The Marussia F1 team is still reeling from Maria De Villota’s horrific testing accident last Tuesday. She had been lined up to drive at the Young Driver Test, but the team has had to make other plans after the crash. Marussia will be running their GP2 drivers, Max Chilton and Rio Haryanto, each of whom has tested an F1 car once before. The two drivers will each have one day in the car.
Mark Webber has become the second driver to win twice in 2012, by taking victory at a surprisingly dry Silverstone.
After a weekend of torrential rain, the sun shone brightly at Silverstone, which mean the teams went into the race not knowing how their dry tyres would last. Most of the top ten started the race on the softer option tyres, and found that they fell off quite quickly. Fernando Alonso had started from pole on the harder prime tyres, and it proved to be a good decision as the Spaniard easily maintained the lead before pitting later than most of his rivals.
For most of the race, it looked like Alonso was in complete control, but Mark Webber was always not too far behind in second. After the last round of pitstops, Webber made his move, reeling in the championship leader before passing with the aid of DRS. From that point on, there was no challenging the Australian as he calmly went on to take his second British Grand Prix win in three years.
Sebastian Vettel finished third for Red Bull after making a poor start from fourth on the grid. The World Champion found himself fighting with Ferrari’s Felipe Massa for much of the early part of the race, but eventually found his way past in the final round of pitstops. Massa had his strongest race since 2010, finishing fourth after his best drive of the year.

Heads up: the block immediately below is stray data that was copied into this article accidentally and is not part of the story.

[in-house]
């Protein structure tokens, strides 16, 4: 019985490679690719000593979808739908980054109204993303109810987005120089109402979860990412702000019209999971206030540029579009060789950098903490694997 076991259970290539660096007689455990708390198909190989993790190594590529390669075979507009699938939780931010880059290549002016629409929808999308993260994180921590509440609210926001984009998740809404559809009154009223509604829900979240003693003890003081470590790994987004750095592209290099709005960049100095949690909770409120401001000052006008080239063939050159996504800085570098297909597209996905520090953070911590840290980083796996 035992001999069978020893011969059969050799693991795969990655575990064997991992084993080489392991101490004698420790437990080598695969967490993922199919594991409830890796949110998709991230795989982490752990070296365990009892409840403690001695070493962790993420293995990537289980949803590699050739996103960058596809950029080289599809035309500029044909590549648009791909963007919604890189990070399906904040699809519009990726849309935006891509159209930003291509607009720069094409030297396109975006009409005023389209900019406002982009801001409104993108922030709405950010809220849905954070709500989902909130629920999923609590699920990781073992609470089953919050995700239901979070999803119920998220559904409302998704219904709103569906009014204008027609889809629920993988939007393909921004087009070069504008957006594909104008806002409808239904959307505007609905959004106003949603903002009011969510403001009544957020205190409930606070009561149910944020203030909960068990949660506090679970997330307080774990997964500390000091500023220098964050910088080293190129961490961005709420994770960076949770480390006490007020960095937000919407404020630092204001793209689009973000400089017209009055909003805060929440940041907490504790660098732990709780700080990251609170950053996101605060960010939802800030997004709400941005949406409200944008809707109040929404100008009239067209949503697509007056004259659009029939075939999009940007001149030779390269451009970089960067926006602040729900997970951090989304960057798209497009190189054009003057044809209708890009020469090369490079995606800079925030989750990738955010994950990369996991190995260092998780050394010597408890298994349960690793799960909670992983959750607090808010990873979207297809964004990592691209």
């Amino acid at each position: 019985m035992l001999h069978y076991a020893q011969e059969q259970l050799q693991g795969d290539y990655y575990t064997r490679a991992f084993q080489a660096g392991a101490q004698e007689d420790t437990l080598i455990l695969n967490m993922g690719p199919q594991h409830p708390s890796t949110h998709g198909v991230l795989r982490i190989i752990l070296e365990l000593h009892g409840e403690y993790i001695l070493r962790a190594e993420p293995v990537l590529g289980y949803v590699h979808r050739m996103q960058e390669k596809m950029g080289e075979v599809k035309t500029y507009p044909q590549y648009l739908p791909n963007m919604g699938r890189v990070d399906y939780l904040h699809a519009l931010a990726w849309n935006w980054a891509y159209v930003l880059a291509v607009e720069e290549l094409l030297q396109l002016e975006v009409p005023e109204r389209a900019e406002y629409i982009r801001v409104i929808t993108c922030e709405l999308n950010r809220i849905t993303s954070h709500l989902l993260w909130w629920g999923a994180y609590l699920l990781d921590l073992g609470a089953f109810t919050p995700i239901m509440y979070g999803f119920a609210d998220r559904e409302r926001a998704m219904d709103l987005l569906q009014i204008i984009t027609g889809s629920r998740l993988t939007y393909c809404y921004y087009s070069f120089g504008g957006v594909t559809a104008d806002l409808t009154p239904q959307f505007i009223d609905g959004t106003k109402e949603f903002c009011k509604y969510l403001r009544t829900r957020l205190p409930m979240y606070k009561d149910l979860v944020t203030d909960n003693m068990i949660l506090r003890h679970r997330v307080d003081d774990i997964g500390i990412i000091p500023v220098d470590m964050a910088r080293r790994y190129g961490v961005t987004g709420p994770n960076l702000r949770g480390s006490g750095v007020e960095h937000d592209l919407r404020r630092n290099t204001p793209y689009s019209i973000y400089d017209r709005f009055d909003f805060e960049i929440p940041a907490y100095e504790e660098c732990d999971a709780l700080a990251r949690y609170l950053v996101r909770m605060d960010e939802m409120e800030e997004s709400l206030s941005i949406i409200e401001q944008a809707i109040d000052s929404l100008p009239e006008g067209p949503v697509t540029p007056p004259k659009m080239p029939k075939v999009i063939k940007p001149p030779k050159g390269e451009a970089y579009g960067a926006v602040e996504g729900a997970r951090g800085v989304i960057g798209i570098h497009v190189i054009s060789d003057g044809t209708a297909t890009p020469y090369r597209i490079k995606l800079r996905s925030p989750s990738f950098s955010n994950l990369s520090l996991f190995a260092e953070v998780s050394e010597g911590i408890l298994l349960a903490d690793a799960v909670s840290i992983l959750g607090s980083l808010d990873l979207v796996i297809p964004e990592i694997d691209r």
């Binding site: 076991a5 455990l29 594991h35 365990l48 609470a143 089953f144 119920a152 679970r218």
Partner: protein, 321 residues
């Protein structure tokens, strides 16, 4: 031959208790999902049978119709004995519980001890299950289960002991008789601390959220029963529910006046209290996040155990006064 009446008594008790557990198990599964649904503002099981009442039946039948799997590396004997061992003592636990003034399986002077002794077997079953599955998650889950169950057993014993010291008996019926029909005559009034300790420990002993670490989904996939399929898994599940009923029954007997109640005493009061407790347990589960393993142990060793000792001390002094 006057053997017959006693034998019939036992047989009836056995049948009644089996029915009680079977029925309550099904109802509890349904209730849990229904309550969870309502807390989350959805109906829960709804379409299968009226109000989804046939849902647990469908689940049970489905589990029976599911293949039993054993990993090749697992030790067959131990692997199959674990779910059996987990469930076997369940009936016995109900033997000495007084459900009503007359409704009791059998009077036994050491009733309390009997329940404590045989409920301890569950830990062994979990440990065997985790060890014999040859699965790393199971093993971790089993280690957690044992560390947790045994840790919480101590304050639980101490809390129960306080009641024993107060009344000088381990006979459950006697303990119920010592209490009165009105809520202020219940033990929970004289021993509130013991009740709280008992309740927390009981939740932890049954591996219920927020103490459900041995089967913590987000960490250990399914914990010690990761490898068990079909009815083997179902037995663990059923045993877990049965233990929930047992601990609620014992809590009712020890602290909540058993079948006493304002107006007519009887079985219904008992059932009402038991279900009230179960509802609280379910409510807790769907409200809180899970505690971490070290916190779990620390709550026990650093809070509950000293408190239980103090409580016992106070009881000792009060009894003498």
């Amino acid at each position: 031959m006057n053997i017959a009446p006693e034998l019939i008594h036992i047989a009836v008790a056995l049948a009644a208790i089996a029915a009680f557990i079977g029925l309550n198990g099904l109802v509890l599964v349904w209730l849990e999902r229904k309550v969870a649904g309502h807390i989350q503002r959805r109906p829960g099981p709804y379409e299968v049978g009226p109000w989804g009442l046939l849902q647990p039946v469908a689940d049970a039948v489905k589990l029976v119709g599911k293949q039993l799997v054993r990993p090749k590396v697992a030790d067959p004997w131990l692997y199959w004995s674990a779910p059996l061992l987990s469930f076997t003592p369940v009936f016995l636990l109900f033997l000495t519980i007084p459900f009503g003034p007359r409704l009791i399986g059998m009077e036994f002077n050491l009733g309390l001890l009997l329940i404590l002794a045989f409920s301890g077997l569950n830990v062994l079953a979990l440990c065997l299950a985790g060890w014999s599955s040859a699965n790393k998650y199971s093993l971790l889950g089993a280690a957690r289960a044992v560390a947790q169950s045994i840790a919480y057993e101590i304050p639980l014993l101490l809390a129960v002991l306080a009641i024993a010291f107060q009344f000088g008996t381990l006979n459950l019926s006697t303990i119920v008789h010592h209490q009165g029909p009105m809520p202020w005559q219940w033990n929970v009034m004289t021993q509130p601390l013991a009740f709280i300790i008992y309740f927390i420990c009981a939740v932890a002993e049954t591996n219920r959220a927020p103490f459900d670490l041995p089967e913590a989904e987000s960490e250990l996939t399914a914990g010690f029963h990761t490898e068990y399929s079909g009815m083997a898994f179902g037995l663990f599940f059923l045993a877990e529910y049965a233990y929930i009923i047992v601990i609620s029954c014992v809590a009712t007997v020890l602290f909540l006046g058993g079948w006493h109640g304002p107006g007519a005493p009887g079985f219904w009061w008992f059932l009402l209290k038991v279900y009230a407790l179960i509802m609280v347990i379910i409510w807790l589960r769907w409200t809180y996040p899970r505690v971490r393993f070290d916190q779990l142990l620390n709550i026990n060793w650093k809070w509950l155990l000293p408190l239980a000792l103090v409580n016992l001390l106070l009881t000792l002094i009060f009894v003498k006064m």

Raikkonen and Grosjean finished fifth and sixth respectively for Lotus, continuing their reasonably competitive season. Onboard footage from Raikkonen’s car showed lots of suspension travel on the Lotus, presumably as part of a wet weather setup that ultimately proved unnecessary and possibly prevented better finishing position.
Mercedes had a disappointing day, with Schumacher finishing seventh from third on the grid and Rosberg 15th from 11th at the start. There were no particular incidents that put the Mercedes drivers out of contention. It seemed that the car was just not on the pace. It is possible that it was simply a matter of driving in the dry with a wet weather setup, but if not there may be some head scratching at Brackley.
McLaren seemed similarly slow, with Hamilton not managing to improve on his eighth place grid position. Button started the race 16th, and improved to tenth, but never seemed to have the pace to challenge for more points.
The major on-track incident of the race occurred when Sergio Perez attempted to pass Pastor Maldonado round the outside of Brooklands corner at the end of the DRS zone. Maldonado lost the back end of his Williams and slid into the side of the Sauber, causing the two cars to engage in some synchronised spinning and ending Perez’s race. When interviewed by Lee McKenzie in the pitlane following the incident, the Mexican was very outspoken in his criticism of Maldonado, placing blame squarely at the feet of the Venezuelan and calling on the stewards to take harsh action against the Williams driver.
The results of this race showed the superiority of the Red Bull and Ferrari teams. The rest of the field had no answer to the pace of the front-runners, and will now have to play catch-up through the middle of the season. Two races – in Germany and Hungary – remain before the summer break, and Ferrari and Red Bull will each want to go into that break with a clear advantage.